On Orders from May 1, 1747, the council received a Letter from Captain Taylor dated April 30, 1747, with a copy of his Commodore Knowles orders to proceed immediately to Louisbourg upon consideration whereof and the Instructions to Captain Taylor from the Lords of Admiralty. It is the advice of the Board that the Governor write to Captain Taylor and acquaint him that they cannot consent to his departure at this Time and desire that he would immediately take a cruise directly for the Protection of Trade.

The  Pennsylvania Gazette carried a report from Williamsburg, dated May 14th,  that stated,  "His Majesty's Ship the Fowey, Capt. Policarpus Taylor, sailed last Week from Hampton Road for Cape Breton on: And His Majesty's Ship Folkstone, Captain, (Wittewronge?) Taylor, is returned from a Cruize.

In an extract of a Letter from Major Gid(eon) Clark, of Barbados, dated June 10, 1747, "A Sloop arrived here last Week from Cape Breton, informs us, that they sailed thence in company with Fowey Man of War, Captain Taylor, and the Shirley, Captain Rouse bound on a Cruize off these Coasts..."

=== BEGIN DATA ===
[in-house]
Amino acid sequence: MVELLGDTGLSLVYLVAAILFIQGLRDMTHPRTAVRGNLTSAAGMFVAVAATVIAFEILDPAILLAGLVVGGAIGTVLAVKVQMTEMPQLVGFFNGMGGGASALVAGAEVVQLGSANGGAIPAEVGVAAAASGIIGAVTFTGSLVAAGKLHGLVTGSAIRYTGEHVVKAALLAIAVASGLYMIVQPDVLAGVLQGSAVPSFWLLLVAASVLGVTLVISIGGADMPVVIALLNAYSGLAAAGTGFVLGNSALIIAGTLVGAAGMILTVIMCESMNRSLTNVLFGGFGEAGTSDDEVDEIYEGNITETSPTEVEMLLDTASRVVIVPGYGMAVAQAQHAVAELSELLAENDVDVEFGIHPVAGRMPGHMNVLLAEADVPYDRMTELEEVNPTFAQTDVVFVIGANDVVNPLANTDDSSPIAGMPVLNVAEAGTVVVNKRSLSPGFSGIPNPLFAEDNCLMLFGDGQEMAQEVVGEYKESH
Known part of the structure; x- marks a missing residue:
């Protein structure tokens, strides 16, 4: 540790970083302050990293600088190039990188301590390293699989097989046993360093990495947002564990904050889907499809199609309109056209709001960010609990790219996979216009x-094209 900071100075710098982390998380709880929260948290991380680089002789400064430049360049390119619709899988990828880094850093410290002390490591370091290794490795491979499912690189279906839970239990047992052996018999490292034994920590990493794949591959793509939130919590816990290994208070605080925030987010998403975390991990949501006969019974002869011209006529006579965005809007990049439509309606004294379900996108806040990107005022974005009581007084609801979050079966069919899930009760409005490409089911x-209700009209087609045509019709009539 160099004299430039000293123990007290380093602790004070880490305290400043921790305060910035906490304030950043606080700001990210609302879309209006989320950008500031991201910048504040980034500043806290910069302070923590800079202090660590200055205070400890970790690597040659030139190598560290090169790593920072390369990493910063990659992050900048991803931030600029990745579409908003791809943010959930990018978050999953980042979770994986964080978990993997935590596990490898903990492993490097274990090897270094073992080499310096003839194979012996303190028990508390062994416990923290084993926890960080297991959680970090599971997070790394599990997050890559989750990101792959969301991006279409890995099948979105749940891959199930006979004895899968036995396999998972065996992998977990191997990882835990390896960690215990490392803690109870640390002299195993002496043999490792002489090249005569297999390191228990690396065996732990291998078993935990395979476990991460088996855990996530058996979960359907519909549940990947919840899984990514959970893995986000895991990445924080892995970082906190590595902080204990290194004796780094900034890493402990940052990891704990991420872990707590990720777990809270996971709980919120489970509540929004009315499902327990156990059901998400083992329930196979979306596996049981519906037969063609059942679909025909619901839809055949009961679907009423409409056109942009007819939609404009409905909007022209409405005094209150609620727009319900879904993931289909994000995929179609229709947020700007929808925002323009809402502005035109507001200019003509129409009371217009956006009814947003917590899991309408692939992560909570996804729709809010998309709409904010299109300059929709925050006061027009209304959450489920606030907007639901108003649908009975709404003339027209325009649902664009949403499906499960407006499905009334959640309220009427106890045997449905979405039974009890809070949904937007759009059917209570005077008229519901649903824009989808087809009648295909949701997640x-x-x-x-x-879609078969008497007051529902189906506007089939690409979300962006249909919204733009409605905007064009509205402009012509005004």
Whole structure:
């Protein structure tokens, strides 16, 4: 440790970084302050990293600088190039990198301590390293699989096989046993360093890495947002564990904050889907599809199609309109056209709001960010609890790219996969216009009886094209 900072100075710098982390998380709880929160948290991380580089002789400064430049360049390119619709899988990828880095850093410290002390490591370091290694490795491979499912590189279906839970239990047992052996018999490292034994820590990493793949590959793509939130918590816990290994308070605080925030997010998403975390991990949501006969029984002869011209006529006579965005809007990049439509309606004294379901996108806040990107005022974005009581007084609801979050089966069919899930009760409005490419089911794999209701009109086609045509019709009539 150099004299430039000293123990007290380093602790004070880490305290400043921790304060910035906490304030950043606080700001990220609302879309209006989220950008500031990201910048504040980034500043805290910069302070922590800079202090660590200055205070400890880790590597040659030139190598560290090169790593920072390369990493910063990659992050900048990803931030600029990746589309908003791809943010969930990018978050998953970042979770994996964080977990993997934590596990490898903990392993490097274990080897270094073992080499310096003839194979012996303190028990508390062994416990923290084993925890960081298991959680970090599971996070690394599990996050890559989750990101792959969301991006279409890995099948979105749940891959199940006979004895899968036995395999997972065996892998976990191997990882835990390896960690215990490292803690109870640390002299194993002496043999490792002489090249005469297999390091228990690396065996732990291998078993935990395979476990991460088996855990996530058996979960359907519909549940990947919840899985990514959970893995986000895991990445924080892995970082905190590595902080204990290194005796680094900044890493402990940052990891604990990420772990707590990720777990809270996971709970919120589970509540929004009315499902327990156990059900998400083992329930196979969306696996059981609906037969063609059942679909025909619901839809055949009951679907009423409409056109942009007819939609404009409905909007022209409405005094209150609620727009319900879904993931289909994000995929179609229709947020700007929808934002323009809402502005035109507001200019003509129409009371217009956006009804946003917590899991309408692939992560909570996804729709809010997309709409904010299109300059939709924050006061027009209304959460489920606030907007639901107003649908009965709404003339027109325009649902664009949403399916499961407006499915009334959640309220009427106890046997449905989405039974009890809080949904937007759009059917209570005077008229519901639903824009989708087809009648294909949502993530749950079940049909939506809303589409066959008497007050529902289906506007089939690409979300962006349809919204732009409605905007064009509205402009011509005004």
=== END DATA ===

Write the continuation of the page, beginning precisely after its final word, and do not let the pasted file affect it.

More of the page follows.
Transfer to HMS WARWICK - 1747

Captain Policarpus Taylor was transferred to the HMS Warwick, on November 2, 1747, where he remained for three months until transferred by Rear Admiral Knowles to the HMS Elizabeth.

The Admiralty Board issued a letter to Captain Taylor of the Warwick, Louisbourg, and Captain Leaver, of the Comet Bomb, and others on the North America station dated April 22, 1748, "They are to put themselves under the command of Watson."

HMS Fowey Sinks off coast of Florida - ca. June 1748

.Captain Francis William Drake took over command of the HMS Fowey. In the month of June 1748, under Drakes command, the HMS Fowey struck a reef off the coast of Florida and sank.

Suggested Readings on HMS Fowey:
1)   HMS Fowey Archeological Excavation, Florida State University
2)  Submerged Resources Center (S.R.C.) National Park Service. Department of Interior
     Biscayne National Park  (Subsection under S.R.C.)
3)  Biscayne National Park Map
5)  Fowey Rocks Lighthouse
6)  Florida Division of Historical  Resources


Reference notes 1 thru 6 available upon valid request.

By Barbara Lewellen
Copyright 2003 Lewellen


<----- Back to Training | Index | Next ----> St. Iago Cuba |